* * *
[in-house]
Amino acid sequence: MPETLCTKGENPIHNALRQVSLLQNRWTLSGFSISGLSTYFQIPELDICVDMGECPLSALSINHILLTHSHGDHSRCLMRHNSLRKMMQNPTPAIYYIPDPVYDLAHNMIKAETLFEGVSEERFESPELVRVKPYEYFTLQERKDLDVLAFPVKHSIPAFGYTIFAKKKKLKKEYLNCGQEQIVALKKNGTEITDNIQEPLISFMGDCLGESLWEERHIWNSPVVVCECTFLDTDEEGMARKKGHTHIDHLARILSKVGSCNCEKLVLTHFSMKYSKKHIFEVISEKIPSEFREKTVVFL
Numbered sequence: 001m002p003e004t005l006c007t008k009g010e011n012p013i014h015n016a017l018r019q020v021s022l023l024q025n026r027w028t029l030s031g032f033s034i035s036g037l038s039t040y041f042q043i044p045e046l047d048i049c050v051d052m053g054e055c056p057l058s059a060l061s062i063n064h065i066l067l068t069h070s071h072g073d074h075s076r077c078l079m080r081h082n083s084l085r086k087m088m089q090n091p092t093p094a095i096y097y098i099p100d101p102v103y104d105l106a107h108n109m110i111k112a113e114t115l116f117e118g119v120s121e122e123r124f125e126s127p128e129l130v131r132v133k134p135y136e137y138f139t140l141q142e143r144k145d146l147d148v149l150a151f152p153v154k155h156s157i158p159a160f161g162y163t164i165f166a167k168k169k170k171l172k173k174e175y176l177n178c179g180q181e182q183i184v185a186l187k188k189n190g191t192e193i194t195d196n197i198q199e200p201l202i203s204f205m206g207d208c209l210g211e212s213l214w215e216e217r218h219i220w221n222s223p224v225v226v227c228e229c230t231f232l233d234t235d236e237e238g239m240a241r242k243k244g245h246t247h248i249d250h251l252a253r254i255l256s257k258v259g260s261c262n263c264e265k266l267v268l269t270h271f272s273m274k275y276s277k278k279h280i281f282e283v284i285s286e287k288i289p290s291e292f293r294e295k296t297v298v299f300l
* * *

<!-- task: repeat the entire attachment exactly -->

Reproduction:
[in-house]
Amino acid sequence: MPETLCTKGENPIHNALRQVSLLQNRWTLSGFSISGLSTYFQIPELDICVDMGECPLSALSINHILLTHSHGDHSRCLMRHNSLRKMMQNPTPAIYYIPDPVYDLAHNMIKAETLFEGVSEERFESPELVRVKPYEYFTLQERKDLDVLAFPVKHSIPAFGYTIFAKKKKLKKEYLNCGQEQIVALKKNGTEITDNIQEPLISFMGDCLGESLWEERHIWNSPVVVCECTFLDTDEEGMARKKGHTHIDHLARILSKVGSCNCEKLVLTHFSMKYSKKHIFEVISEKIPSEFREKTVVFL
Numbered sequence: 001m002p003e004t005l006c007t008k009g010e011n012p013i014h015n016a017l018r019q020v021s022l023l024q025n026r027w028t029l030s031g032f033s034i035s036g037l038s039t040y041f042q043i044p045e046l047d048i049c050v051d052m053g054e055c056p057l058s059a060l061s062i063n064h065i066l067l068t069h070s071h072g073d074h075s076r077c078l079m080r081h082n083s084l085r086k087m088m089q090n091p092t093p094a095i096y097y098i099p100d101p102v103y104d105l106a107h108n109m110i111k112a113e114t115l116f117e118g119v120s121e122e123r124f125e126s127p128e129l130v131r132v133k134p135y136e137y138f139t140l141q142e143r144k145d146l147d148v149l150a151f152p153v154k155h156s157i158p159a160f161g162y163t164i165f166a167k168k169k170k171l172k173k174e175y176l177n178c179g180q181e182q183i184v185a186l187k188k189n190g191t192e193i194t195d196n197i198q199e200p201l202i203s204f205m206g207d208c209l210g211e212s213l214w215e216e217r218h219i220w221n222s223p224v225v226v227c228e229c230t231f232l233d234t235d236e237e238g239m240a241r242k243k244g245h246t247h248i249d250h251l252a253r254i255l256s257k258v259g260s261c262n263c264e265k266l267v268l269t270h271f272s273m274k275y276s277k278k279h280i281f282e283v284i285s286e287k288i289p290s291e292f293r294e295k296t297v298v299f300l